Jade Goody Documentary Highlights Important Message About Cervical Cancer
A decade on from Jade Goody's death, she's still a character who divides Britain.
She was once dubbed the "most hated women in Britain," but now, the same people are branding her a "misunderstood hero," lamenting her tragic cancer journey and the vilification she faced at the hands of the media.
The first instalment of Channel 4's three-part documentary, 'The Reality Star Who Changed Britain' addressed her heartbreaking early life. It gave a painful glimpse into Jade's difficult childhood - watching her father inject drugs at a young age and being raised by her mother, who was also an addict.
Plus, it showed the media circus in the very worst of lights, splashing headlines onto the screen in which she was branded a "chav" and a "pig" by the papers, even before she landed herself at the centre of a racism scandal.
Fans reacted in awe as journalist Kevin O'Sullivan grinned and declared that he saw Jade as a "gift," and Davina McCall expressed her heartbreak at watching a young woman "put her foot in it" in front of the nation.
"This is tough and heartbreaking to watch," one wrote as her backstory unfolded.
While another added: "Seeing Jade through 2019 glasses is so shocking - how young she really was, the headlines, the hatred".
But while some expressed their sympathy for the reality star, it's also understandable that others just couldn't get past the comments she went on to make towards Shilpa Shetty on the 2002 show.
So, what message can we take from Jade Goody's tragic life if it isn't the she's a hero or a villain?
Whatever you think of Jade or her actions, one thing that can't be denied is her cervical cancer journey inspired action in millions of women.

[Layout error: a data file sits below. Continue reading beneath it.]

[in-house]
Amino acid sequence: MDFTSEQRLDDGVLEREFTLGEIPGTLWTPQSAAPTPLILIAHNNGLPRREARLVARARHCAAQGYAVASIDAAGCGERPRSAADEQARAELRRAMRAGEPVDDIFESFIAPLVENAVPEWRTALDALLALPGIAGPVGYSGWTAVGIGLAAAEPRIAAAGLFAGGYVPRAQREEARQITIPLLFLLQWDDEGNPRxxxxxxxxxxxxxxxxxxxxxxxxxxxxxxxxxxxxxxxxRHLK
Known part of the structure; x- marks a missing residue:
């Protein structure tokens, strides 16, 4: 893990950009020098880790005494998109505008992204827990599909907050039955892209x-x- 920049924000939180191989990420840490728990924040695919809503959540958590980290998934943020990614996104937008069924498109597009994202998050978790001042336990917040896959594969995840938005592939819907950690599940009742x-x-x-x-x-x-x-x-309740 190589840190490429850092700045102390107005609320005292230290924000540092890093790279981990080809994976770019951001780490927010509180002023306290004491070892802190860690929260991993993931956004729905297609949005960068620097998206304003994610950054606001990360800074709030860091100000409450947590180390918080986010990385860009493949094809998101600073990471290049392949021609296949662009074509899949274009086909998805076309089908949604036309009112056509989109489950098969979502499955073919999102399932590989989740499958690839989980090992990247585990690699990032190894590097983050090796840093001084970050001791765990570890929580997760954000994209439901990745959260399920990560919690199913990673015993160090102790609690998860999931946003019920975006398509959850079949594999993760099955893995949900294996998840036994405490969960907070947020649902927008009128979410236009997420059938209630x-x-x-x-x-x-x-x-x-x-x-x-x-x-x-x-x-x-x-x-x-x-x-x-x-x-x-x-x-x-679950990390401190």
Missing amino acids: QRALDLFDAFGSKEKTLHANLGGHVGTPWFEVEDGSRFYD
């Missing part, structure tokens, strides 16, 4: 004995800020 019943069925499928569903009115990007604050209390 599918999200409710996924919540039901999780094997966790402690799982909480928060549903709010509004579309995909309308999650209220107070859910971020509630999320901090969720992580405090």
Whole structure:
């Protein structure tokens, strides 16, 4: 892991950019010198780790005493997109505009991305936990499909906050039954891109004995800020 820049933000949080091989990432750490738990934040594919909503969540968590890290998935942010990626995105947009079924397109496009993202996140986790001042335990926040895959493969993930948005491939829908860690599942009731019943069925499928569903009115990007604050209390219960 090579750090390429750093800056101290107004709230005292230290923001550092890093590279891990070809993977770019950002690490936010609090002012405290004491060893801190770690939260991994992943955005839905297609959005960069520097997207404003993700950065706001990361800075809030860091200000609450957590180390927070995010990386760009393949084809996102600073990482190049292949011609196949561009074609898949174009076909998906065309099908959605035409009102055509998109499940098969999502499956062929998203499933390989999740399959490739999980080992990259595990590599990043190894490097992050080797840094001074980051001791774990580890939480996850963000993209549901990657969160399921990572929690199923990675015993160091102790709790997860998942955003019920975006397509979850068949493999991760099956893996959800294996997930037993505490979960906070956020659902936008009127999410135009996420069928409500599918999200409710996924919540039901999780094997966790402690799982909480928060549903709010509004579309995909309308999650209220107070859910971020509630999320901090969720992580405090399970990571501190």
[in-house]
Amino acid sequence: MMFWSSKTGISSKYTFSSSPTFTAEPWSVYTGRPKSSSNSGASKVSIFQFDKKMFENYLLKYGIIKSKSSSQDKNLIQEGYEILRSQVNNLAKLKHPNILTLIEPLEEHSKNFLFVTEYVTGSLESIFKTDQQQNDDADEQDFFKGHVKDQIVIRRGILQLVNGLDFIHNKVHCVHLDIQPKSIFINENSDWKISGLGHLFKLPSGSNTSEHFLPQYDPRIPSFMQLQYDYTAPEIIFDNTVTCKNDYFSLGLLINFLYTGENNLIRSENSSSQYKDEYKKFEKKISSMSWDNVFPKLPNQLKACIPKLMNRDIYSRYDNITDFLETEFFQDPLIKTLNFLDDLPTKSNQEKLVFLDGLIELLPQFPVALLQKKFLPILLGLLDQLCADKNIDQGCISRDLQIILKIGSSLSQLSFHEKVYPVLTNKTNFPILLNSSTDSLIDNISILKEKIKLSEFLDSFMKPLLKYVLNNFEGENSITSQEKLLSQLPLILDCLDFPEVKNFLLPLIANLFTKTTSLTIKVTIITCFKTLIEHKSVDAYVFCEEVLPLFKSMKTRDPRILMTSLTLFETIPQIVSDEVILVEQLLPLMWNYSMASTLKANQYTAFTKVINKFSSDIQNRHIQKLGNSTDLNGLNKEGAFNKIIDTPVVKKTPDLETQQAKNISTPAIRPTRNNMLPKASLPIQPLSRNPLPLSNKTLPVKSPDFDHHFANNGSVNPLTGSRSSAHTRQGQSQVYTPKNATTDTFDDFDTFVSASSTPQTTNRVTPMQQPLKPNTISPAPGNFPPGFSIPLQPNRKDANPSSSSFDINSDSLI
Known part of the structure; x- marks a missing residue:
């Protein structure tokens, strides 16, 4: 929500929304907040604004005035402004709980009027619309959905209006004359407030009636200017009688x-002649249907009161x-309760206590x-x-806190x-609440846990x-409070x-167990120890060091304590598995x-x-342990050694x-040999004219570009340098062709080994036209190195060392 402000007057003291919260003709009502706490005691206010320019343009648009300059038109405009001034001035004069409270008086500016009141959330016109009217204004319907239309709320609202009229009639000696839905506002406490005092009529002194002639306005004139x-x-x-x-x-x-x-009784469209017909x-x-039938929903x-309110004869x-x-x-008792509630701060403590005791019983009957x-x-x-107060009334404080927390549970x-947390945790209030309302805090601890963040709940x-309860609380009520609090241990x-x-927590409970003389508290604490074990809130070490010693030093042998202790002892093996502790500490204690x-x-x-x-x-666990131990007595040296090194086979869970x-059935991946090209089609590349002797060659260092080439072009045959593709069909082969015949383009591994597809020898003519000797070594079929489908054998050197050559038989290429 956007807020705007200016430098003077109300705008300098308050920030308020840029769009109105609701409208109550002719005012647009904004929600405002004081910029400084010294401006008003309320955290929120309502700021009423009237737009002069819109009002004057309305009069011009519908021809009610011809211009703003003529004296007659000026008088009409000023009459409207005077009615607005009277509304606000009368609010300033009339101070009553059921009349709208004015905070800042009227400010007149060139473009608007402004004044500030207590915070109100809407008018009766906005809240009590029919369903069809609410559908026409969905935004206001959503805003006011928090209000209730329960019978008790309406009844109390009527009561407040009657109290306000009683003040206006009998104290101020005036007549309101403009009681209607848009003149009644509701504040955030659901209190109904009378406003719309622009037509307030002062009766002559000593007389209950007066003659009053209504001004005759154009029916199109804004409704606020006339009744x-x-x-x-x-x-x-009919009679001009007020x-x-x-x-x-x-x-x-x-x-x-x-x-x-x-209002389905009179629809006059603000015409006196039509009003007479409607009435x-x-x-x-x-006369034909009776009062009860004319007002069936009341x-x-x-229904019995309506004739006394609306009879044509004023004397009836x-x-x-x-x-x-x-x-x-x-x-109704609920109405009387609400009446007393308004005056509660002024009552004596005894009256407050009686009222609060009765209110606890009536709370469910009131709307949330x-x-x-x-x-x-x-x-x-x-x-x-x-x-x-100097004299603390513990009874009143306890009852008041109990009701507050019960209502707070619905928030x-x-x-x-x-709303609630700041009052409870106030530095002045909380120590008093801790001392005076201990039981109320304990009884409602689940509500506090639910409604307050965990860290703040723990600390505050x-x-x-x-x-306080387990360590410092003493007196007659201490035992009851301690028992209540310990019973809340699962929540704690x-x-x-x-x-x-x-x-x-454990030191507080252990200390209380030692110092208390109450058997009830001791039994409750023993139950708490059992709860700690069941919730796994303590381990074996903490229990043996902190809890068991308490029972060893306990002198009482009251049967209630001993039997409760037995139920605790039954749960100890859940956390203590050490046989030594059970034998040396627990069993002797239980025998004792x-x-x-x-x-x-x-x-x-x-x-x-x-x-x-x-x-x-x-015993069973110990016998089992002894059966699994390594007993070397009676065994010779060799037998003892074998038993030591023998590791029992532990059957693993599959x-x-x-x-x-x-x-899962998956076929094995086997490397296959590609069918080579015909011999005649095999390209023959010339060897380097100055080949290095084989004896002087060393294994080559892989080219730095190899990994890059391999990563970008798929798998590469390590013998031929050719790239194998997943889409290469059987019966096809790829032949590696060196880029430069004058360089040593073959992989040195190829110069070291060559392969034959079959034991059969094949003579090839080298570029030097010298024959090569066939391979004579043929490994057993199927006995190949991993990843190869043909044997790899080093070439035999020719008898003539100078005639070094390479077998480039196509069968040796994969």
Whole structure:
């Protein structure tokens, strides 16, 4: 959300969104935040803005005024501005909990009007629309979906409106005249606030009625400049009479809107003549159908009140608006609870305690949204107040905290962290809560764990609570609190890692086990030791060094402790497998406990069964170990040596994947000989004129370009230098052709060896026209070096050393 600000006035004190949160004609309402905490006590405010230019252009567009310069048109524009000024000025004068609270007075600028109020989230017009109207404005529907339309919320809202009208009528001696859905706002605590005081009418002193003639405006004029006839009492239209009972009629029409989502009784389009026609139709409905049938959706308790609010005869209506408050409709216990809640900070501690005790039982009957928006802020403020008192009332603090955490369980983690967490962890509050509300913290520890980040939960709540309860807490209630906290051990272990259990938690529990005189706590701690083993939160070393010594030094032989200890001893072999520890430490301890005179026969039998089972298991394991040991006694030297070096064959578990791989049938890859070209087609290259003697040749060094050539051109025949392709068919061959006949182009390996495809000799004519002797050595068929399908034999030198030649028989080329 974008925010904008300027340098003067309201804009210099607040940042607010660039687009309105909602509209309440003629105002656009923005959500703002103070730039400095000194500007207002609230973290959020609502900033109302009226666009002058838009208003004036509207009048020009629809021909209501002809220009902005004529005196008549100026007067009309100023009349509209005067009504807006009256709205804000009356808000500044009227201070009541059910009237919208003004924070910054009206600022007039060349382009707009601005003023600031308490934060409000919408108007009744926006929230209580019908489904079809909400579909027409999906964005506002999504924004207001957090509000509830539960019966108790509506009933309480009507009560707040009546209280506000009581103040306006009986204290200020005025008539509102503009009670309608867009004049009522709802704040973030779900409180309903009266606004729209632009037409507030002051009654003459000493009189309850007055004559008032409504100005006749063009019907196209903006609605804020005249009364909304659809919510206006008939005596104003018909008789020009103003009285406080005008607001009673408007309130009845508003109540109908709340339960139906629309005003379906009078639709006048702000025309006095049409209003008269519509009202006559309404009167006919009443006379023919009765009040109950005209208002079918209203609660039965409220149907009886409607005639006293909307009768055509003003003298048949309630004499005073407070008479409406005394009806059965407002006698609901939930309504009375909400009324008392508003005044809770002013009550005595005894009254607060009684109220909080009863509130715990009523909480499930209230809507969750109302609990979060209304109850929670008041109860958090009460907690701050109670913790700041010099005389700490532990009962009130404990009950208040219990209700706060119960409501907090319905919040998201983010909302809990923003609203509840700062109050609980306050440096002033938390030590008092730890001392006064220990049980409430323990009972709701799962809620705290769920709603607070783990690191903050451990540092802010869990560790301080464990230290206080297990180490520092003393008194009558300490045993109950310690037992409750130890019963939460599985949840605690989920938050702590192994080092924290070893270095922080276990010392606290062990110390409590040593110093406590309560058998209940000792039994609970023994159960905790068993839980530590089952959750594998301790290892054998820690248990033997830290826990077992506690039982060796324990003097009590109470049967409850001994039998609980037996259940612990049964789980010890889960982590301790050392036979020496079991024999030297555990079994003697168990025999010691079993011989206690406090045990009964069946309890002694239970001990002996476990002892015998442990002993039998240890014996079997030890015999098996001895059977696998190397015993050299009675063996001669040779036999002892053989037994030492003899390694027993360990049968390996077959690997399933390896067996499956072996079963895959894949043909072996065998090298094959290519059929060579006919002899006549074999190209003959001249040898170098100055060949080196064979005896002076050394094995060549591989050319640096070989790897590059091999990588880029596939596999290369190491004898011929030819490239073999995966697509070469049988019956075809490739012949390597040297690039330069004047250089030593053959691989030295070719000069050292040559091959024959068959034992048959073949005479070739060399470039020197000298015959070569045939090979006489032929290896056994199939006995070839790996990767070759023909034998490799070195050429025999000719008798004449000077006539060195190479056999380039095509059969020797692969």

Despite being the subject of intense scrutiny, in 2009, Jade shared her final hours with the world - from the moment she lost her hair to her final hospital trip with her sons, Bobby and Freddie.
And it had a profound effect.
Following her eight month battle with the illness, the number of women aged between 25 and 29 getting smear tests increased by a third, and was even dubbed 'The Jade Goody Effect'.
Looking back on her astounding impact, Kate Sanger, Head of Communications, Jo's Cervical Cancer Trust, said: "Jade Goody's high profile cervical cancer diagnosis and tragic death had a big impact on cervical screening attendance in the UK with around 400,000 extra women booking a test."
But sadly, the amount of women getting tests is now falling year on year. In fact, in 2018, it was the lowest it has been in 21 years - since 1997.
Cervical cancer screenings are available on the NHS for women aged 25 or over, and take just minutes to get done at your doctors or a local sexual health centre.
You only need to get checked every three to five years, and Jade's heartbreaking story is evidence of how invaluable this can be.
"Cervical screening is not always easy and there are lots of reasons women can find it a difficult test, however it's the best protection against cervical cancer," Kate added.
"If you are worried about your test or the results, there is lots of support and information out there for you including our free helpline: 0808 802 8000".
Reflecting on Jade's impact after watching the documentary, one fan poignantly said: "Say what you want about Jade Goody but her story and realness helped thousands upon thousands of women get screened and treated against cervical cancer before it was too late," one Twitter user wrote after watching the show.
"She made mistakes in life but I will always commend her for that".
Featured Image Credit: PA